The speakers will explore pathways and obstacles to innovation, and help the audience identify opportunities to advance observational methods across the geosciences.
The session will energise the community to realise the unprecedented opportunities that now exist, and will be of interest and relevance to everyone obtaining or using measurements and observations across all scientific divisions.

And remember, making measurements is always more fun…!

Public information:

We are delighted to welcome some exceptional speakers to this union-wide interdisciplinary session that aims to showcase the latest advances and possibilities in measurements and observations in the geosciences. If you are interested in measurements and measurement technologies, make sure you attend!

The speakers are: 

•         Klaus Scipal – Mission Manager, Soil Moisture and Ocean Salinity (SMOS) and Biomass missions, European Space Agency (ESA)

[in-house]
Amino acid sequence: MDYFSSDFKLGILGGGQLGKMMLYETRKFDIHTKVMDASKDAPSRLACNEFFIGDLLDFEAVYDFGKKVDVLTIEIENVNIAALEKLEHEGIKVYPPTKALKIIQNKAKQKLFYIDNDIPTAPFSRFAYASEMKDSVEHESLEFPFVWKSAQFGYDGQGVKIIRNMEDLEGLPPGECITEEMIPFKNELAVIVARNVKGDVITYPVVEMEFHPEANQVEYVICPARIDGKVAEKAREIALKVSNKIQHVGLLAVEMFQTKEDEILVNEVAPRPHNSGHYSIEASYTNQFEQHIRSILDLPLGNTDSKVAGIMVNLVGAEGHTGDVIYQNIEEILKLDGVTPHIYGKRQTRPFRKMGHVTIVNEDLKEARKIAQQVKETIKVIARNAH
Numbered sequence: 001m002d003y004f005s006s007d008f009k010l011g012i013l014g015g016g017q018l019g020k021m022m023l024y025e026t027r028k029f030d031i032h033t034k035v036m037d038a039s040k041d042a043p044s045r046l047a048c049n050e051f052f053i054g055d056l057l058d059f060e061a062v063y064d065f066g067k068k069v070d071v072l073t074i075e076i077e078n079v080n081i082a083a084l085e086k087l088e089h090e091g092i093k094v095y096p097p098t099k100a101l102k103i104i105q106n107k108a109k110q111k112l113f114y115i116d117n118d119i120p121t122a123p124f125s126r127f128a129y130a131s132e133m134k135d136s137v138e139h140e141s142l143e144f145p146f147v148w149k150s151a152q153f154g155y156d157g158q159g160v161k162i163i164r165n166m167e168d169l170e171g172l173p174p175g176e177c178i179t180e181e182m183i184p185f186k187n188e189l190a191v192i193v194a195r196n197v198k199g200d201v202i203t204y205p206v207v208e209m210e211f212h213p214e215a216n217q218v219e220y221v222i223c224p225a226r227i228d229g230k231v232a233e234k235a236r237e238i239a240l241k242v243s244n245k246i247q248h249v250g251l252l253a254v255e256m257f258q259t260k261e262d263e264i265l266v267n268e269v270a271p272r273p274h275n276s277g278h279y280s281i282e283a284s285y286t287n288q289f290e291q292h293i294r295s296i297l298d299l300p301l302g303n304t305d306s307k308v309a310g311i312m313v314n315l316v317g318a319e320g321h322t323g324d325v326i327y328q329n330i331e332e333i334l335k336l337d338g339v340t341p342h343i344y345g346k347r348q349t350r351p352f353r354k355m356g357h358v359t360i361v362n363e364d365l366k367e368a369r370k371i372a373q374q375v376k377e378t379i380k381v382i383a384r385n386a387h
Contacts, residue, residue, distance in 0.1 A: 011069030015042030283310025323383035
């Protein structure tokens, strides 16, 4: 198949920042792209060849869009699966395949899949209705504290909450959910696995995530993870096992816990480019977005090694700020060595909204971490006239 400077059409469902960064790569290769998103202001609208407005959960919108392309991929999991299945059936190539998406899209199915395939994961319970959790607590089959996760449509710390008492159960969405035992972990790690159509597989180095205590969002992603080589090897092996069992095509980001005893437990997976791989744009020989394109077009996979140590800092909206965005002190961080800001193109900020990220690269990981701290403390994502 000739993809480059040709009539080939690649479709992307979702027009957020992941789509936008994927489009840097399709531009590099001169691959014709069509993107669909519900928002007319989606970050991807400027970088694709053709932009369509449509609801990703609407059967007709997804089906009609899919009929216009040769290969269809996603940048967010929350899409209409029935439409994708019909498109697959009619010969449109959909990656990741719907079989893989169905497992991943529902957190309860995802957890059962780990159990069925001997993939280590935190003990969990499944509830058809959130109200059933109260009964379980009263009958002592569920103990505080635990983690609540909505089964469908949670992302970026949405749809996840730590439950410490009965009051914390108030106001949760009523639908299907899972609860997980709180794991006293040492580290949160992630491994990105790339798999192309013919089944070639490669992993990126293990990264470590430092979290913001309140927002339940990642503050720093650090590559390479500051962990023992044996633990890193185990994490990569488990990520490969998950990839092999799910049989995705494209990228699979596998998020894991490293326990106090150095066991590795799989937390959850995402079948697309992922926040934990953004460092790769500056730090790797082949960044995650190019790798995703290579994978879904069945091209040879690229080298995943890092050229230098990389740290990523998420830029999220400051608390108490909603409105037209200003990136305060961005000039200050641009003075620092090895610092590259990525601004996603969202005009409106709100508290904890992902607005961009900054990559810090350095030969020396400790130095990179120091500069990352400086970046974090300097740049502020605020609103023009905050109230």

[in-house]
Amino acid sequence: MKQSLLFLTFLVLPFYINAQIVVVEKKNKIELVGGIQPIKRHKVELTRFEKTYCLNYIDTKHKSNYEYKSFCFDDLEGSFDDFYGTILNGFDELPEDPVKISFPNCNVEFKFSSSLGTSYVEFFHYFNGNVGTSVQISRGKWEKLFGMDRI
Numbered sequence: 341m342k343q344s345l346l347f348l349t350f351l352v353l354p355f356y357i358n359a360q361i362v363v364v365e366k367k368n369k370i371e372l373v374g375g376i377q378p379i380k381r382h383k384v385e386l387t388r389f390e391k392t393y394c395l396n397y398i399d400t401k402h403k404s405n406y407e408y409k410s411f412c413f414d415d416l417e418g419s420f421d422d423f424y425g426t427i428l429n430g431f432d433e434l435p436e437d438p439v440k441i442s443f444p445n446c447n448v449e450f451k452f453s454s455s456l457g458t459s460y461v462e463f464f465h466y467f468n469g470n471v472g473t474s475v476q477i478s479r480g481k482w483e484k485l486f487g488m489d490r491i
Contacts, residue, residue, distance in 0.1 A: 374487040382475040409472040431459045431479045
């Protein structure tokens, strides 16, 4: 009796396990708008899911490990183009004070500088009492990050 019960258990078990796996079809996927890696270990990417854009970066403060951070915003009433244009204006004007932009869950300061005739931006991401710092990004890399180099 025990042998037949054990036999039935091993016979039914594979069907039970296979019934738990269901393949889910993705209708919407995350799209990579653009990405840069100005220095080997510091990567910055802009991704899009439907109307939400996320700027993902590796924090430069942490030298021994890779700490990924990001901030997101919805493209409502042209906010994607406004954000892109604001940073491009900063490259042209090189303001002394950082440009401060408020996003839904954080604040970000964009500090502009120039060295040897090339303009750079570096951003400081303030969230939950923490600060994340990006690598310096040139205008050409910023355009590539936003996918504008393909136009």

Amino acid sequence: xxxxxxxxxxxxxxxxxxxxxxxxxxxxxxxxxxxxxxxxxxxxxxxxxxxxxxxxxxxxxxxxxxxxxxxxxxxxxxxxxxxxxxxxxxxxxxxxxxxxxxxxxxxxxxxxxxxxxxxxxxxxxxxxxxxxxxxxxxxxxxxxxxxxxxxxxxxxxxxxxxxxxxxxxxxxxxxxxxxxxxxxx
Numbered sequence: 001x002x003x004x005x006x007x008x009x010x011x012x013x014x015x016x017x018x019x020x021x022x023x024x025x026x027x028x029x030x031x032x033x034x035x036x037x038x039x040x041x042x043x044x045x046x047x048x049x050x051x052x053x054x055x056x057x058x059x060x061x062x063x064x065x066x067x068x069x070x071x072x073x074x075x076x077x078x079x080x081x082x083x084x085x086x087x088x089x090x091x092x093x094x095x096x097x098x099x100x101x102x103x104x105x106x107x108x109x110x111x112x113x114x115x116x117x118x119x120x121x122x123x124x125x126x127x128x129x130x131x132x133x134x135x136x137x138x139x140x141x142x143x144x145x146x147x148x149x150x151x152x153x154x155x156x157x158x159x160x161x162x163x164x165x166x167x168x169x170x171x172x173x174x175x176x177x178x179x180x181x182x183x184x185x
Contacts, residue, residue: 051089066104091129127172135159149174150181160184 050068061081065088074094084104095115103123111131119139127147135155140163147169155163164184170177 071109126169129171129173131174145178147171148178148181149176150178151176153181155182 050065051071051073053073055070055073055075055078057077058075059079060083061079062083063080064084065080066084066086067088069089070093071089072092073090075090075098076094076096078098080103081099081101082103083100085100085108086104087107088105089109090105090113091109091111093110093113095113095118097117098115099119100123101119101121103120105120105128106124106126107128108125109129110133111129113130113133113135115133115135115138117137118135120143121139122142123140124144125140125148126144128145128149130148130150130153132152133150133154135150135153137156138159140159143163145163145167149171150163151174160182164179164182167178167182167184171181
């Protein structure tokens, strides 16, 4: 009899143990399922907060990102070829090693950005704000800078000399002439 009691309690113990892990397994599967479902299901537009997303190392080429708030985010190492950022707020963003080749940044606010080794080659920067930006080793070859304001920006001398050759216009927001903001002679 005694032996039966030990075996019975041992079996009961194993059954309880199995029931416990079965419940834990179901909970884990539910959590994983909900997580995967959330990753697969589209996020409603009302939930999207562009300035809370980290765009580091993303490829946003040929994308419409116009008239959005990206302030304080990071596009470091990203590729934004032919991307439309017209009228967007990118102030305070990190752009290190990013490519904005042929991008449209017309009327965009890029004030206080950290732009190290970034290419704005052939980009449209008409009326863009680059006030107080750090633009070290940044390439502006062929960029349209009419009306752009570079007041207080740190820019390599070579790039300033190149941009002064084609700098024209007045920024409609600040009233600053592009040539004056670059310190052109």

•         Rosemary Morrow – CNAP oceanographer at Laboratoire d'Études en Géophysique et Océanographie Spatiales (LEGOS), and the French Observation Service CTOH. Surface Water and Ocean Topography (SWOT) Oceanography Science Lead.

•         Michael Wollersheim – Director of Analytics, ICEYE. Persistent Earth monitoring with radar satellite imaging, manufacturers of satellite systems, and solutions for government.

•         Prof. Remko Uijlenhoet: Professor of Hydrology & Water Resource, Faculty of Civil Engineering and Geosciences, Delft University of Technology

Following short presentations from the speakers, the session will have a panel discussion format and will invite questions from the audience. 


  • Rosemary Morrow, CNRS/CNES/UPS/IRD, France
  • Remko Uijlenhoet, Delft University of Technology, Netherlands
  • Klaus Scipal, European Space Agency, Italy
  • Michael Wollersheim, ICEYE, Finland
Convener: Nick Everard | Co-conveners: Bertrand Le Saux, Kirk Martinez